Recognising Stress And Poor Mental Health In Leadership Roles

Rowan Blair Colver
5 min readFeb 28, 2022


Lucid Leadership by Rowan B. Colver

Stress is a natural part of life and without it, we will never grow. A seed must push through its case, a chick must break through its egg, a butterfly must live as a vulnerable caterpillar for the first part of its life. We are the same as these things, without difficulty to overcome we do not have the motivation to realise greater potential. In a typical lifetime, we encounter severe stress rarely. Examinations, job interviews, and other high impact situations often are the main causes. If we live with or around stressful people then we can be given more than we can cope with. Being in a leadership role requires an individual to take responsibility for something beyond the typical for us as people. A business, a movement, a group or following, and many other things can result in extra stressors in our life. We have to be able to balance the stress with time away in order to be able to handle it on a regular basis.

Some of the main results of stress excess are as follows:

  • Thoughtlessness
  • Irresponsibility
  • Social exclusion
  • Antisocial behaviour
  • Negative thoughts
  • Accident-prone
  • Catastrophism
  • Tiredness and fatigue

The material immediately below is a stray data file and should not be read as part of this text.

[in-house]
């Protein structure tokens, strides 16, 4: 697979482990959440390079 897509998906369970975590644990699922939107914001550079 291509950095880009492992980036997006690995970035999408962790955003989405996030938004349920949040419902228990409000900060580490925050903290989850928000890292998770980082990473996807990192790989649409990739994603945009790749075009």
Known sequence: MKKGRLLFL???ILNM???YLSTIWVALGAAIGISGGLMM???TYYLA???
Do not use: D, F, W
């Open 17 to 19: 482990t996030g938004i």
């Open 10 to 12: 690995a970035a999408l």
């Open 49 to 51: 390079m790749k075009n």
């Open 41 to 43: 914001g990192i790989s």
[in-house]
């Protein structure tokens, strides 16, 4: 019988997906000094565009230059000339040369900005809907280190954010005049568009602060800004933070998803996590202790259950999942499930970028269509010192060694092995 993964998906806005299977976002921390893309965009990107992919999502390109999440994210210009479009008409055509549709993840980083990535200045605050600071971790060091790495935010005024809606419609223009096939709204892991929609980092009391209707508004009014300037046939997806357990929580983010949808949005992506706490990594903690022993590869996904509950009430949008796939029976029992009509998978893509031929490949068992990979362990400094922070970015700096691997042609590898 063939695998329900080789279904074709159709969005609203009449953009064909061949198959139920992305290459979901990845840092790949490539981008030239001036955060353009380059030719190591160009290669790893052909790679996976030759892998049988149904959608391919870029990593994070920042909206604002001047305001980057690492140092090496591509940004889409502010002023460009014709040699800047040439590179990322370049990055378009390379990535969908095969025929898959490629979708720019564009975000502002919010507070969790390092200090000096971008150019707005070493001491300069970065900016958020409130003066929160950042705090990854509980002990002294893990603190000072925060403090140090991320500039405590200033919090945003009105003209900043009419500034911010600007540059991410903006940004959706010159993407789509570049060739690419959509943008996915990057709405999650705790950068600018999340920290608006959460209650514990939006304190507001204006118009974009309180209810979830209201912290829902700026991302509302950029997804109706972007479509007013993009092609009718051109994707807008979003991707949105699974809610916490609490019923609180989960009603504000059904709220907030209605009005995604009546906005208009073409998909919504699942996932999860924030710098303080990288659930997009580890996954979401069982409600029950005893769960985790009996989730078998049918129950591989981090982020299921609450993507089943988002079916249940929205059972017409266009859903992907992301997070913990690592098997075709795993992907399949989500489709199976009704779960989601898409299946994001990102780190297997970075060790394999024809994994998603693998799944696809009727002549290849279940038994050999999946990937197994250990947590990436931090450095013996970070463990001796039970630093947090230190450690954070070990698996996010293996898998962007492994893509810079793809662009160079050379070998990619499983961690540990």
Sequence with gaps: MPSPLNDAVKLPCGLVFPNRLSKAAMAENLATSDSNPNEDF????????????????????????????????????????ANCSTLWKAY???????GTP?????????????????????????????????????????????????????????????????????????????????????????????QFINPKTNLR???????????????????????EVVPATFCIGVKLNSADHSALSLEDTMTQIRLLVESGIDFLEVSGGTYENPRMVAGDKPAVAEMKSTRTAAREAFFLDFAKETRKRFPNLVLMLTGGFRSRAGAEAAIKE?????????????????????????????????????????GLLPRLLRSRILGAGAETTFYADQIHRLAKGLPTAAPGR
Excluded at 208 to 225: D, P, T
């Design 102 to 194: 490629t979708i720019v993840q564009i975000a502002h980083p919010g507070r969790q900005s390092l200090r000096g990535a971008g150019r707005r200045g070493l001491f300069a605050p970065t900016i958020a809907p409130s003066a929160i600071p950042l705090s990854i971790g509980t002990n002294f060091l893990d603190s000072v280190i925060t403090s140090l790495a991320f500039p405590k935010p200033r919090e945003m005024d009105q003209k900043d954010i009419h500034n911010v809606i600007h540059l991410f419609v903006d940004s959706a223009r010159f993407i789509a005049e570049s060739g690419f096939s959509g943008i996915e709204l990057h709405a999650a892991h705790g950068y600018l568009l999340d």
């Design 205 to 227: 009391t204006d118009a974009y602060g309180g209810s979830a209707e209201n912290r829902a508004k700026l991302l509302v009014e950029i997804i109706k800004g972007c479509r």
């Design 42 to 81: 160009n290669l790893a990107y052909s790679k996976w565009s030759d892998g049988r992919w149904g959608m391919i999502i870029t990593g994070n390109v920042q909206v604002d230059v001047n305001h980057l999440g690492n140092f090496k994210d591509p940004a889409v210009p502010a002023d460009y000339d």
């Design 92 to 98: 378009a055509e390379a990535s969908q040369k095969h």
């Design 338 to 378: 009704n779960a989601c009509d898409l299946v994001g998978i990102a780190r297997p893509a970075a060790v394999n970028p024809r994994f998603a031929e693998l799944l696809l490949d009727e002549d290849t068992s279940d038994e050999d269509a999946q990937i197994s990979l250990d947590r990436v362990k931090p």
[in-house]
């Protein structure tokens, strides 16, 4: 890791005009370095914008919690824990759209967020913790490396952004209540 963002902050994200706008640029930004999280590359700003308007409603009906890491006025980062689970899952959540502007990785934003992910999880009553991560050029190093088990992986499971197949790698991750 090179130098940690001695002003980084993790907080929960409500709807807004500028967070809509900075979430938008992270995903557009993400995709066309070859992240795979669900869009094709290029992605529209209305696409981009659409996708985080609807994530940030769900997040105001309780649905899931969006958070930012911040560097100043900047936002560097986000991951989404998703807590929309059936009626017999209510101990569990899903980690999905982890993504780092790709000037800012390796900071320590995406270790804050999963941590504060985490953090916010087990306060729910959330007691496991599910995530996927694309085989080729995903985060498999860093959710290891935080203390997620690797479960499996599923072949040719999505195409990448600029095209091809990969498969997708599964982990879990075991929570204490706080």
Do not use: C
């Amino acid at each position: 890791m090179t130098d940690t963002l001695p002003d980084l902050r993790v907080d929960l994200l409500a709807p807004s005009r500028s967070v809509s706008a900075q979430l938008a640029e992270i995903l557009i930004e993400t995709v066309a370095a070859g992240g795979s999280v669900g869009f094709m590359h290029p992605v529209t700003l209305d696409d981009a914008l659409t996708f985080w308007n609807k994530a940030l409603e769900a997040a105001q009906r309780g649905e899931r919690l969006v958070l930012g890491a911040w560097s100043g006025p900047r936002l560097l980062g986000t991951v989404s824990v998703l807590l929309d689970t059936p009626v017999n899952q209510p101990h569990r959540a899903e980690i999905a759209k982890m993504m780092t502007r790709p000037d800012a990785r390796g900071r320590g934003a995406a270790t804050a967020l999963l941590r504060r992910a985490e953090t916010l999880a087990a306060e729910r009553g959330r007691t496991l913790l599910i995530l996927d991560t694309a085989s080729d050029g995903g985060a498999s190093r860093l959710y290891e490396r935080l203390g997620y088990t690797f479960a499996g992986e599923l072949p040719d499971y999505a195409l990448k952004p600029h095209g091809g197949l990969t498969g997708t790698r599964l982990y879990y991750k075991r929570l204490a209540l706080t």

• Inability to think clearly
  • Poor short-term memory

In the right proportions, stress can enable us to work to our full advantage. It can inspire us to think of new things and to look at problems differently. Too much can be a real problem that ends up harming us much more than helping.

In order to be mindful of our stress levels, we need to be able to recognise changes in our mood, inner voice, and ability to focus on a problem. Our direct line to our biological state is how we feel. The body is much more in tune with our needs, especially when we are under the direction of others. Listening to our feelings and emotions can help us identify stress and make choices that prevent build-up.

Listen to your feelings but don’t let them control you

The majority of the time, especially when starting something new, we are not successful. We can create something brilliant, or that we think is brilliant, and then it's sent out into the world. The world pays no heed, or worse, the world picks it up and chucks it in the bin. That’s only to be expected, we need to learn the what and the how via trial and error. However, when confronted with this situation on a regular basis, stress can manifest.

Guilty Feelings

Yes, people look up to us. Others may have warned us not to try and we ignored them. Both of these people are a potential source of guilt. We need to succeed in order to give ourselves and our loved ones the lives we deserve. Of course, if we do not do this despite our best effort and intention it can feel disempowering and we feel responsible. The best way to handle guilt is to make sure you project your efforts in all the directions you can in a balanced way. Any more is asking too much. Remember that unless you do not do all you can within reason to achieve success, your guilt is a conclusion you’re not really qualified to give. Your health is much more precious than any reward gained from hard work. If you find yourself regularly working beyond your limit because you feel guilty, try to remember that you are damaging a part of yourself. It’s too high a price.